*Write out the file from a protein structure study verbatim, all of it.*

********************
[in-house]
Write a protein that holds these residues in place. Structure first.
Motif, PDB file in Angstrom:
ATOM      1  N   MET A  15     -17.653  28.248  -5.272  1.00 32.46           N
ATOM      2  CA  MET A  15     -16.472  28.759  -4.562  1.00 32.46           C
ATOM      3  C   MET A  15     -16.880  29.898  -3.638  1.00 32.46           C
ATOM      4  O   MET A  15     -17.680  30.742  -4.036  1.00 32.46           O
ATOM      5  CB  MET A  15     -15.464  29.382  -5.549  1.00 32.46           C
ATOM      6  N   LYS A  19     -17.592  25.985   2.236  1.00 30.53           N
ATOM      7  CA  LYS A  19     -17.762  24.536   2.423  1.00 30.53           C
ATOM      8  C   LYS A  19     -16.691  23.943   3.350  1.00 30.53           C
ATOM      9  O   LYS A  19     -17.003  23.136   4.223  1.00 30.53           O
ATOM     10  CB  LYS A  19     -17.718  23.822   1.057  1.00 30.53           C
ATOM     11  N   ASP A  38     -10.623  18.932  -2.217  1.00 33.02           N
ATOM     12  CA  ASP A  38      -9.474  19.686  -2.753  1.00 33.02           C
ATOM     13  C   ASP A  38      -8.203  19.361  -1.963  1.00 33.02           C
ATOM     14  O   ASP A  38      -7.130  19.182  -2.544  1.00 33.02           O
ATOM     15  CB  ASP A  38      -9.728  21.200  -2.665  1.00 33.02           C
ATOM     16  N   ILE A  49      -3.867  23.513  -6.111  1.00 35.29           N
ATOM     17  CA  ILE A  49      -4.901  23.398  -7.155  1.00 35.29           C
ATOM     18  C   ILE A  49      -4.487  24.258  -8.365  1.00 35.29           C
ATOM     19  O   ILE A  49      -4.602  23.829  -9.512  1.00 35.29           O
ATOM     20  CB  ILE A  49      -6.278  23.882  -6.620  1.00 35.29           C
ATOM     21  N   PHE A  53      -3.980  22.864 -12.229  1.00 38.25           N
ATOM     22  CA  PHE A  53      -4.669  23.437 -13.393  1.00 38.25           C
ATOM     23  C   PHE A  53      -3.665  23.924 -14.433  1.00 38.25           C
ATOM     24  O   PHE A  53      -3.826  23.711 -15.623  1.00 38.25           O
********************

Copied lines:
[in-house]
Write a protein that holds these residues in place. Structure first.
Motif, PDB file in Angstrom:
ATOM      1  N   MET A  15     -17.653  28.248  -5.272  1.00 32.46           N
ATOM      2  CA  MET A  15     -16.472  28.759  -4.562  1.00 32.46           C
ATOM      3  C   MET A  15     -16.880  29.898  -3.638  1.00 32.46           C
ATOM      4  O   MET A  15     -17.680  30.742  -4.036  1.00 32.46           O
ATOM      5  CB  MET A  15     -15.464  29.382  -5.549  1.00 32.46           C
ATOM      6  N   LYS A  19     -17.592  25.985   2.236  1.00 30.53           N
ATOM      7  CA  LYS A  19     -17.762  24.536   2.423  1.00 30.53           C
ATOM      8  C   LYS A  19     -16.691  23.943   3.350  1.00 30.53           C
ATOM      9  O   LYS A  19     -17.003  23.136   4.223  1.00 30.53           O
ATOM     10  CB  LYS A  19     -17.718  23.822   1.057  1.00 30.53           C
ATOM     11  N   ASP A  38     -10.623  18.932  -2.217  1.00 33.02           N
ATOM     12  CA  ASP A  38      -9.474  19.686  -2.753  1.00 33.02           C
ATOM     13  C   ASP A  38      -8.203  19.361  -1.963  1.00 33.02           C
ATOM     14  O   ASP A  38      -7.130  19.182  -2.544  1.00 33.02           O
ATOM     15  CB  ASP A  38      -9.728  21.200  -2.665  1.00 33.02           C
ATOM     16  N   ILE A  49      -3.867  23.513  -6.111  1.00 35.29           N
ATOM     17  CA  ILE A  49      -4.901  23.398  -7.155  1.00 35.29           C
ATOM     18  C   ILE A  49      -4.487  24.258  -8.365  1.00 35.29           C
ATOM     19  O   ILE A  49      -4.602  23.829  -9.512  1.00 35.29           O
ATOM     20  CB  ILE A  49      -6.278  23.882  -6.620  1.00 35.29           C
ATOM     21  N   PHE A  53      -3.980  22.864 -12.229  1.00 38.25           N
ATOM     22  CA  PHE A  53      -4.669  23.437 -13.393  1.00 38.25           C
ATOM     23  C   PHE A  53      -3.665  23.924 -14.433  1.00 38.25           C
ATOM     24  O   PHE A  53      -3.826  23.711 -15.623  1.00 38.25           O